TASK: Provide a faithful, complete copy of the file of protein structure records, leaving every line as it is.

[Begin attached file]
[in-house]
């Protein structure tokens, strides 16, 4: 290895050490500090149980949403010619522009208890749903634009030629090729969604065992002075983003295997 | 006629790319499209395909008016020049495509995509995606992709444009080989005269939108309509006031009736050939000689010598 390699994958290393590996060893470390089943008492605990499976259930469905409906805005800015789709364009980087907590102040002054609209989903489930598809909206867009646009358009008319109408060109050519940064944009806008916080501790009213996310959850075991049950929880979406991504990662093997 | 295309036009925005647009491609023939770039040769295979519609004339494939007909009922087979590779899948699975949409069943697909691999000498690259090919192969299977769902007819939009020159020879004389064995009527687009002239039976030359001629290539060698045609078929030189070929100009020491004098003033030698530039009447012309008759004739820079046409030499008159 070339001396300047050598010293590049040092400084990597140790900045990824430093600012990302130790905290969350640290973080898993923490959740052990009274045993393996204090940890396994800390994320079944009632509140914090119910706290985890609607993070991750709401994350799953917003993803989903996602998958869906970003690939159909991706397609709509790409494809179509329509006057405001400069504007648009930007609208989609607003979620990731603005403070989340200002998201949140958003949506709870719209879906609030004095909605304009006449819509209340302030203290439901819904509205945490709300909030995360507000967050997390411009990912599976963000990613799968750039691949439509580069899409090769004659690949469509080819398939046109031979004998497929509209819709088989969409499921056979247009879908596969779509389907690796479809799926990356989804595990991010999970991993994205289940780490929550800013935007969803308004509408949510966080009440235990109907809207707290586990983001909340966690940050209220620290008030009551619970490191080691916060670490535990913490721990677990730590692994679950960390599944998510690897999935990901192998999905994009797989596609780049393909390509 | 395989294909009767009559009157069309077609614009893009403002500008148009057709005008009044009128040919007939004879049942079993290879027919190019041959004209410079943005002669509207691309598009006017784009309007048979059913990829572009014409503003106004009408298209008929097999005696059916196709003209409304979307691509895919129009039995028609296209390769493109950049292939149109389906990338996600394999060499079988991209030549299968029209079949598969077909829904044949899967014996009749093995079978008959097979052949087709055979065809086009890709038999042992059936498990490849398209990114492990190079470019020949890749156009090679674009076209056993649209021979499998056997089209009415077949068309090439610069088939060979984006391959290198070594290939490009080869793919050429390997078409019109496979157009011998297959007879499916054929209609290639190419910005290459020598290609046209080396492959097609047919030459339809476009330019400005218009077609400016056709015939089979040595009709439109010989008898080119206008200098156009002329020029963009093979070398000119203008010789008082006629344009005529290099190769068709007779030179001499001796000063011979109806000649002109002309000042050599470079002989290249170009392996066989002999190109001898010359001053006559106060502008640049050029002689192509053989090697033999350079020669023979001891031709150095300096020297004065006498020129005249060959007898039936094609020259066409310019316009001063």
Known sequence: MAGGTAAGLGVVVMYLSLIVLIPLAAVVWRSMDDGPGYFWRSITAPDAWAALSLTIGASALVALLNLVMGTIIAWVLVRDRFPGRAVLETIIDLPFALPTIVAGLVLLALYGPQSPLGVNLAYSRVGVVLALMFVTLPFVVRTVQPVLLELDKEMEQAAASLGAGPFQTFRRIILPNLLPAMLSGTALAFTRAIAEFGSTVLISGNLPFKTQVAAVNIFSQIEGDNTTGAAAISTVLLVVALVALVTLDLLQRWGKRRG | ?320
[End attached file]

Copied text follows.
[in-house]
């Protein structure tokens, strides 16, 4: 290895050490500090149980949403010619522009208890749903634009030629090729969604065992002075983003295997 | 006629790319499209395909008016020049495509995509995606992709444009080989005269939108309509006031009736050939000689010598 390699994958290393590996060893470390089943008492605990499976259930469905409906805005800015789709364009980087907590102040002054609209989903489930598809909206867009646009358009008319109408060109050519940064944009806008916080501790009213996310959850075991049950929880979406991504990662093997 | 295309036009925005647009491609023939770039040769295979519609004339494939007909009922087979590779899948699975949409069943697909691999000498690259090919192969299977769902007819939009020159020879004389064995009527687009002239039976030359001629290539060698045609078929030189070929100009020491004098003033030698530039009447012309008759004739820079046409030499008159 070339001396300047050598010293590049040092400084990597140790900045990824430093600012990302130790905290969350640290973080898993923490959740052990009274045993393996204090940890396994800390994320079944009632509140914090119910706290985890609607993070991750709401994350799953917003993803989903996602998958869906970003690939159909991706397609709509790409494809179509329509006057405001400069504007648009930007609208989609607003979620990731603005403070989340200002998201949140958003949506709870719209879906609030004095909605304009006449819509209340302030203290439901819904509205945490709300909030995360507000967050997390411009990912599976963000990613799968750039691949439509580069899409090769004659690949469509080819398939046109031979004998497929509209819709088989969409499921056979247009879908596969779509389907690796479809799926990356989804595990991010999970991993994205289940780490929550800013935007969803308004509408949510966080009440235990109907809207707290586990983001909340966690940050209220620290008030009551619970490191080691916060670490535990913490721990677990730590692994679950960390599944998510690897999935990901192998999905994009797989596609780049393909390509 | 395989294909009767009559009157069309077609614009893009403002500008148009057709005008009044009128040919007939004879049942079993290879027919190019041959004209410079943005002669509207691309598009006017784009309007048979059913990829572009014409503003106004009408298209008929097999005696059916196709003209409304979307691509895919129009039995028609296209390769493109950049292939149109389906990338996600394999060499079988991209030549299968029209079949598969077909829904044949899967014996009749093995079978008959097979052949087709055979065809086009890709038999042992059936498990490849398209990114492990190079470019020949890749156009090679674009076209056993649209021979499998056997089209009415077949068309090439610069088939060979984006391959290198070594290939490009080869793919050429390997078409019109496979157009011998297959007879499916054929209609290639190419910005290459020598290609046209080396492959097609047919030459339809476009330019400005218009077609400016056709015939089979040595009709439109010989008898080119206008200098156009002329020029963009093979070398000119203008010789008082006629344009005529290099190769068709007779030179001499001796000063011979109806000649002109002309000042050599470079002989290249170009392996066989002999190109001898010359001053006559106060502008640049050029002689192509053989090697033999350079020669023979001891031709150095300096020297004065006498020129005249060959007898039936094609020259066409310019316009001063």
Known sequence: MAGGTAAGLGVVVMYLSLIVLIPLAAVVWRSMDDGPGYFWRSITAPDAWAALSLTIGASALVALLNLVMGTIIAWVLVRDRFPGRAVLETIIDLPFALPTIVAGLVLLALYGPQSPLGVNLAYSRVGVVLALMFVTLPFVVRTVQPVLLELDKEMEQAAASLGAGPFQTFRRIILPNLLPAMLSGTALAFTRAIAEFGSTVLISGNLPFKTQVAAVNIFSQIEGDNTTGAAAISTVLLVVALVALVTLDLLQRWGKRRG | ?320